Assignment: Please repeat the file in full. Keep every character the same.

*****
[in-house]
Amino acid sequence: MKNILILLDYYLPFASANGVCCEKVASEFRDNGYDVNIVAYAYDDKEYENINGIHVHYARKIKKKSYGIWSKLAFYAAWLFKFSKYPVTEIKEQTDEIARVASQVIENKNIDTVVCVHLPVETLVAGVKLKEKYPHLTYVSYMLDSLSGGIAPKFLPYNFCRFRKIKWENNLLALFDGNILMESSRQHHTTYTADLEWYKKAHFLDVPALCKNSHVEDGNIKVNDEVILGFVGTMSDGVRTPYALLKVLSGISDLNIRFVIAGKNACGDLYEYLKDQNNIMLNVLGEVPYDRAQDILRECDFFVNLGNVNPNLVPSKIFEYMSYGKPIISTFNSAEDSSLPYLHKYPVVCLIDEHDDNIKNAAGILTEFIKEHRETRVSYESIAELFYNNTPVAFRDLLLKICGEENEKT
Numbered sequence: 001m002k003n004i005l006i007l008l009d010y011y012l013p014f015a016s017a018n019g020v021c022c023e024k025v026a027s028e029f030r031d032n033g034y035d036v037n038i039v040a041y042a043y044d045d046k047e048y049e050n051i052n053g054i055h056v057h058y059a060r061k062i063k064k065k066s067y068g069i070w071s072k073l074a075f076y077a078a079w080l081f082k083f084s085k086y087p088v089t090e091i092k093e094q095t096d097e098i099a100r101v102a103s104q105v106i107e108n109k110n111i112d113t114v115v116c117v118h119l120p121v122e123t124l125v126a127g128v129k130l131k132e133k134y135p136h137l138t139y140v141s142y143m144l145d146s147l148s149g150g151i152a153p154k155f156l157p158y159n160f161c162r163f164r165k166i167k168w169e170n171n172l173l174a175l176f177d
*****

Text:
[in-house]
Amino acid sequence: MKNILILLDYYLPFASANGVCCEKVASEFRDNGYDVNIVAYAYDDKEYENINGIHVHYARKIKKKSYGIWSKLAFYAAWLFKFSKYPVTEIKEQTDEIARVASQVIENKNIDTVVCVHLPVETLVAGVKLKEKYPHLTYVSYMLDSLSGGIAPKFLPYNFCRFRKIKWENNLLALFDGNILMESSRQHHTTYTADLEWYKKAHFLDVPALCKNSHVEDGNIKVNDEVILGFVGTMSDGVRTPYALLKVLSGISDLNIRFVIAGKNACGDLYEYLKDQNNIMLNVLGEVPYDRAQDILRECDFFVNLGNVNPNLVPSKIFEYMSYGKPIISTFNSAEDSSLPYLHKYPVVCLIDEHDDNIKNAAGILTEFIKEHRETRVSYESIAELFYNNTPVAFRDLLLKICGEENEKT
Numbered sequence: 001m002k003n004i005l006i007l008l009d010y011y012l013p014f015a016s017a018n019g020v021c022c023e024k025v026a027s028e029f030r031d032n033g034y035d036v037n038i039v040a041y042a043y044d045d046k047e048y049e050n051i052n053g054i055h056v057h058y059a060r061k062i063k064k065k066s067y068g069i070w071s072k073l074a075f076y077a078a079w080l081f082k083f084s085k086y087p088v089t090e091i092k093e094q095t096d097e098i099a100r101v102a103s104q105v106i107e108n109k110n111i112d113t114v115v116c117v118h119l120p121v122e123t124l125v126a127g128v129k130l131k132e133k134y135p136h137l138t139y140v141s142y143m144l145d146s147l148s149g150g151i152a153p154k155f156l157p158y159n160f161c162r163f164r165k166i167k168w169e170n171n172l173l174a175l176f177d